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One thing many recent indie horror games have had in common was their obvious influence by last Fall’s Silent Hills teaser, P.T. But The Works Of Mercy doesn’t take any pages out of that book. Instead, the game burrows into something much deeper and darker than ever before. This time, the player is forced to do the killing, and it’s a sick trip into a very uncomfortable and unnerving gameplay experience. Watch the chilling gameplay trailer below, which takes you through the prologue.
The Works Of Mercy puts you in a vulnerable and desperate position—and no one likes to feel like that. You play someone who has become the victim of a sick freak who has a very serious agenda, and he forces the protagonist to start murdering people in order to get his family back. But just how much killing is the player going to have to do? It’s a nightmare scenario that’s been visited by movies like Saw which play on the balance between morality and punishing those who have done wrong. But the tormentor doesn’t tell you if the victims have done anything wrong. You might be murdering good people—and the worst part is you don’t know.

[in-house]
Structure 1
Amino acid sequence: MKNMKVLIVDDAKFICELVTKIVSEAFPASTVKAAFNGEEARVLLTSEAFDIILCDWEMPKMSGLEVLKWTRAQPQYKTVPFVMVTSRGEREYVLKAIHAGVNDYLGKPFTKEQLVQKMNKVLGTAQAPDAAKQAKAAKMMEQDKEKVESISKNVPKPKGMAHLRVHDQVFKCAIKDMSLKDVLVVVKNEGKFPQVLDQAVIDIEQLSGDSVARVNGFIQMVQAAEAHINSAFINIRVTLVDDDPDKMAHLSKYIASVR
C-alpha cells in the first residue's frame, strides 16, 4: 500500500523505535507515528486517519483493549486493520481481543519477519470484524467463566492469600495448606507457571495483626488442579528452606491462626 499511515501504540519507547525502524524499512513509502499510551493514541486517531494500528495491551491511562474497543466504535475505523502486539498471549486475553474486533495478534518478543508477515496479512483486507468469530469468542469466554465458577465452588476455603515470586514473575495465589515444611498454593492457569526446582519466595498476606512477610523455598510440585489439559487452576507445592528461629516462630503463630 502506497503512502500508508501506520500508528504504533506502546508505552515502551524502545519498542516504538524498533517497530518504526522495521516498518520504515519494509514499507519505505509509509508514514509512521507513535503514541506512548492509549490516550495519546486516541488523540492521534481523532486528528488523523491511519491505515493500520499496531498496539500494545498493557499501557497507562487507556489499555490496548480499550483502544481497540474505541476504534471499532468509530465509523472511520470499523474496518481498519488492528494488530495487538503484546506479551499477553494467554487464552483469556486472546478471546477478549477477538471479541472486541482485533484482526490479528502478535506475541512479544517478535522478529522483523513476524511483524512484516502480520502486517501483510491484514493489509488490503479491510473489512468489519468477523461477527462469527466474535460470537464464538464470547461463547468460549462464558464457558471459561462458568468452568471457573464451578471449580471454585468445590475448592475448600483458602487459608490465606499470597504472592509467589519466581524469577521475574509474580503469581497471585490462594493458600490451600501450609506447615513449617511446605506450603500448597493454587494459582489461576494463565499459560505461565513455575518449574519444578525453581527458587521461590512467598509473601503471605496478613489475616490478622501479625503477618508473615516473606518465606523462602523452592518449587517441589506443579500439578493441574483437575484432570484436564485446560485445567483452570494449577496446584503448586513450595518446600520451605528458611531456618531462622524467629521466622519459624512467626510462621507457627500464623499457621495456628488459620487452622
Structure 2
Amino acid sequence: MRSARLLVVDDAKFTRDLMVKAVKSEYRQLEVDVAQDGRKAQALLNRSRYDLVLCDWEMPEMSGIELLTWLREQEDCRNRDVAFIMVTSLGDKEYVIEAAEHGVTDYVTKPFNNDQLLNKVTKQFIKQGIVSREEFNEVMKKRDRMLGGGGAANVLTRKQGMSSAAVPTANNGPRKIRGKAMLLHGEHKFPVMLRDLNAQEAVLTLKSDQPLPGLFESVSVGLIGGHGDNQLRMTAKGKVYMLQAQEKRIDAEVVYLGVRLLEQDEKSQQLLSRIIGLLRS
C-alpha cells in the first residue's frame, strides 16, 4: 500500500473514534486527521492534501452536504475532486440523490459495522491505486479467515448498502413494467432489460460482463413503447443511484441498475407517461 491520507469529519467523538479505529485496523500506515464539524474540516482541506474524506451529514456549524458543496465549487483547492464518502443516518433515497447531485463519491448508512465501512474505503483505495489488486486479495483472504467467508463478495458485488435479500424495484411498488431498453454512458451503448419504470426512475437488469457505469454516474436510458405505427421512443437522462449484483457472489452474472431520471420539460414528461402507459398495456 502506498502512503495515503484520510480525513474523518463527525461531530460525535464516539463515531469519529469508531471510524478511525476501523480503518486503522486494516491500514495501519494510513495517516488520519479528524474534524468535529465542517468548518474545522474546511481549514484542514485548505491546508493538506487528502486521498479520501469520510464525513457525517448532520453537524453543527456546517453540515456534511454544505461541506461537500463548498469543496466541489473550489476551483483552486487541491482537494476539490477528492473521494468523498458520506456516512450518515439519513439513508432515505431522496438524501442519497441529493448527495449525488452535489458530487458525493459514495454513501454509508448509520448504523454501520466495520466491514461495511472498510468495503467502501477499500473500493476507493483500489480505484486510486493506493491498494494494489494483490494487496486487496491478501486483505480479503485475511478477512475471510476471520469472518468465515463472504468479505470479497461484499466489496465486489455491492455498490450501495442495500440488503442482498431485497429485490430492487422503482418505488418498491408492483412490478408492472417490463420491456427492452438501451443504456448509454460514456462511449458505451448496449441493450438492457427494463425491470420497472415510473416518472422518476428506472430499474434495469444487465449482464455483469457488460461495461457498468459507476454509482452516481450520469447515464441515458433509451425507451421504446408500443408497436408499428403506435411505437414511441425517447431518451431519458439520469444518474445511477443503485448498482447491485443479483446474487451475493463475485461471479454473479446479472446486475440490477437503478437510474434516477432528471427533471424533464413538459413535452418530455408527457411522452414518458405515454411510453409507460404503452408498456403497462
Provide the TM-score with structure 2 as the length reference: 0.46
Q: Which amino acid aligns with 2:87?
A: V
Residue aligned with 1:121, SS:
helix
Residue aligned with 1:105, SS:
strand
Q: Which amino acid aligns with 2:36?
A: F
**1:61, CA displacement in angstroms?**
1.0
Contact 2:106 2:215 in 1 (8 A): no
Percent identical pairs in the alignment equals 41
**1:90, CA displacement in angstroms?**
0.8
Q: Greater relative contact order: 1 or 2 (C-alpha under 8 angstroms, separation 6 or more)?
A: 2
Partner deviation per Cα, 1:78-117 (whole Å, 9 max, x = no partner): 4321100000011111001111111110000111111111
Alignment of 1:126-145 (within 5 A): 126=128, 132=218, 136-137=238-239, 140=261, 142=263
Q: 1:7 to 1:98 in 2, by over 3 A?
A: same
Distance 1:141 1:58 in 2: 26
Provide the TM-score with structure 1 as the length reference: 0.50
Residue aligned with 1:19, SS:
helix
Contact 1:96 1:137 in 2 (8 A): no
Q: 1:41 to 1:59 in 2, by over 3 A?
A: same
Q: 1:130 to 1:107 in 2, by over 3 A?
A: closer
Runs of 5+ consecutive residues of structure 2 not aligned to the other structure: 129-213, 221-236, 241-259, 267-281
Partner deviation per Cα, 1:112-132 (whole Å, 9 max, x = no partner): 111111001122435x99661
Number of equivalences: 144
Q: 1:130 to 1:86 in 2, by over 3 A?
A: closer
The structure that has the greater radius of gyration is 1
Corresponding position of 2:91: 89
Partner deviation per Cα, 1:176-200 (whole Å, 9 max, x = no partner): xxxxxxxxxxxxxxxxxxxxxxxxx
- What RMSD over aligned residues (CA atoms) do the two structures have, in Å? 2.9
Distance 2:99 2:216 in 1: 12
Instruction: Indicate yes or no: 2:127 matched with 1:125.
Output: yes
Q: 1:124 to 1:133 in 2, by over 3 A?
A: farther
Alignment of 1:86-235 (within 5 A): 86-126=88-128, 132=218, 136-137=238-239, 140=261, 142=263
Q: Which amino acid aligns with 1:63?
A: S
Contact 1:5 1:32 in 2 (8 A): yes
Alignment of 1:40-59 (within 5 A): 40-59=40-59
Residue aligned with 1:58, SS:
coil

In the prologue preview, I love that Night Of The Living Dead is totally watchable on the bedroom television—it’s always great to see horror references to unforgettable classics. As you wait for the hooker to come to your place, there’s an unsettling kind of silence as you walk around contemplating your current situation. it’s the perfect prelude into a psychological horror game—that moment of utter terror cloaked in desperation and the seemingly endless feeling that you’re so f***ed.
I like seeing something different after the indie horror market has recently welcomed many P.T. wannabes. And don’t get me wrong, I loved the style of P.T. and that today’s horror games are aspiring to that kind of terror, but it’s always nice to see someone treading where no one has tread before. It’s hard to say what kind of effect this is going to have on the psyche, like how bad is this going to be? Are we talking on the level of Saw? Or is this going to be something like killing a bad guy in a game—no big deal? In Grand Theft Auto, I kill and run over pedestrians like it’s nobody’s business, so it’s going to be interesting to see how PlayWay creates that emotional connection between the player and the victims.
The game has about an $11,000 goal and has raised $3500 with 29 days still to go, so the probability of funding is very high. If you’d like to back the project, you can head over to the official Kickstarter page.